In the spring of 2019, DDCC joined the second group of North Carolina community colleges to pilot a new developmental education model called RISE. This meant a move away from the module courses they were using towards what they now call transition courses. In the transition courses, students log onto a platform called NROC and move through various math and English units at their own pace, asking for help from instructors when they need it.
EdNC visited Davidson-Davie Community College’s Transition Center in November 2020. Huneycutt and the new Transition Center director, Londa Pickett, shared their personal experiences working alongside instructors and the transition to RISE. Despite the challenges of moving to a new model, both Pickett and Huneycutt say the shift to RISE has been positive.
RISE and the Transition Center
Megan Brown’s childhood wasn’t an easy one. Filled with trauma and high school years spent couch surfing and finding her way to friends’ dinner tables, she did whatever she could to survive.
“I remember being someone that always needed validation, and with not having that as a child and teen, it caused me to not care much about school or my future,” Brown said.
When Brown decided to enroll at Davidson-Davie Community College, she was placed in the transition English course. During the course, Brown had to write something personal about herself and chose to write about her childhood experiences.
“The assignment was hard, but I did it, and it was good just to actually get it out,” she said. Brown credited her instructor, Sandy Tucker, for helping her put a different mindset on how she approaches things.
And the class, well, “It makes you think about things you don’t normally think about,” she said. “You’re getting out on paper and you’re learning how to write, but you also have the opportunity to change how you think about something just from writing an essay. The essays have helped me sit down and talk to my husband about things and given me a starting point.”
Brown’s husband is the one who pushed her to continue her education so that she could finally do something she enjoyed.
“Going back to school sparked something in me,” Brown said. “Although it took me two years to agree to go back just because I didn’t believe in myself … I am thankful. These last few years have been the most important years of my life! Having teachers that also help teach life lessons, it almost feels like I’m learning to grow up at 27 years old. I appreciate everything my teachers have done and I wouldn’t have wanted any other teachers.”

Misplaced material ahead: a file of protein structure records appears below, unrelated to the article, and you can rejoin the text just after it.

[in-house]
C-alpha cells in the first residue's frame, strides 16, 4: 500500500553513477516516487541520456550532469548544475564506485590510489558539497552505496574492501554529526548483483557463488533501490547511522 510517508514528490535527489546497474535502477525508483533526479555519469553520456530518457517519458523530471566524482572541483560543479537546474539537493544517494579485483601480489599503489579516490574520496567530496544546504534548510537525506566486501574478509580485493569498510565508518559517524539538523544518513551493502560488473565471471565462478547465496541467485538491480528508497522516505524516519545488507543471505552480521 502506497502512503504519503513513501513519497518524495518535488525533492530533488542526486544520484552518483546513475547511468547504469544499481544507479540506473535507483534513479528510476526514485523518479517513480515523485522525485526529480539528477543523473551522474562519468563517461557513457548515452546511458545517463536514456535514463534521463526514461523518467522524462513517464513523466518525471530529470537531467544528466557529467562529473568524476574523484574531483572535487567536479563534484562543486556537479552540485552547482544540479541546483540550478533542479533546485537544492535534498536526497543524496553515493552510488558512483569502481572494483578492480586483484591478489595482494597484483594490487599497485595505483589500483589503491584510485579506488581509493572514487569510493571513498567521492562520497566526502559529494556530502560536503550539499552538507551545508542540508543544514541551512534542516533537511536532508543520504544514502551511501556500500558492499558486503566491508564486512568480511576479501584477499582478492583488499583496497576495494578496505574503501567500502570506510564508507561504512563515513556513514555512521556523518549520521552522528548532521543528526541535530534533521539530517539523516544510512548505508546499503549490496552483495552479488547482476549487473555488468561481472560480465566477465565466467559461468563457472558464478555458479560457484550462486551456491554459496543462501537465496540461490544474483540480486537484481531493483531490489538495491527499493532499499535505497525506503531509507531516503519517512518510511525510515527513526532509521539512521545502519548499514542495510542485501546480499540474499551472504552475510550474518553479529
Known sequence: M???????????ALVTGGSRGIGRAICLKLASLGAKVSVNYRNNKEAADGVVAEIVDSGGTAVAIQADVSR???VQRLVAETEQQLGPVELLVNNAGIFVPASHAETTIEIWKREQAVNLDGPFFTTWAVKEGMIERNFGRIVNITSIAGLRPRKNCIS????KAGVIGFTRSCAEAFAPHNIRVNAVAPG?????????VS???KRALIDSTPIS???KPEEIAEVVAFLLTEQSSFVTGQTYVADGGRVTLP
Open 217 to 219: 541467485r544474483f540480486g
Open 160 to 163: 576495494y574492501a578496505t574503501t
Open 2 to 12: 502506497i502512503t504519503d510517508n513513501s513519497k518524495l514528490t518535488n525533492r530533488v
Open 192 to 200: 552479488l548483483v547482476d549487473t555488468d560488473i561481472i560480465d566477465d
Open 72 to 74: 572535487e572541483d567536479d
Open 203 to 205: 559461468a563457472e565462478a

Both Marva Toney and Kendall Coleman, transition English students, said the classes helped them remember a lot of information they had forgotten. “If I am reading something, I’m even catching myself correcting other people’s writing,” Coleman said.
During the visit, I met with Sterling Charles, a transition math instructor. Charles was in the middle of working out a problem for one of his students, but stopped to explain the growth mindset activity for the week.
A different quote is given to students each week, and they are required to reflect on what the quote means to them. As Charles explained, “It doesn’t have to necessarily be about math. It can be about anything in their life.” The students in Charles’ class appreciate activities that make them think outside the box.
Perhaps most important is that no matter the redesign, whether it’s RISE or the module classes from the previous model, the mission of the Transition Center has remained the same: “Create a positive, supportive environment in developmental education that prioritizes an individualized response to every student, regardless of previous education or ability level.”
Before leaving campus, I walked the halls of the Transition Center. Paying attention to each of the quotes, I noticed one that looked more worn. “Oh yeah,” said Pickett. “Students seem to love that one. Looks like some have even tried to take it home with them.”
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This article is part of a series looking at developmental education and RISE in North Carolina. For the rest of the series, click here. In the final article, we will look at what’s next for RISE.
Behind the Story
Molly Osborne and Emily Thomas reported and wrote this series. Analisa Sorrells, Eric Frederick, and Mebane Rash edited it.
Over the course of four months, we interviewed five North Carolina Community College system office staff, 10 former or current community college presidents, 18 community college administrators, 14 faculty members, 14 students, one Department of Public Instruction administrator, and nine community college researchers and national experts.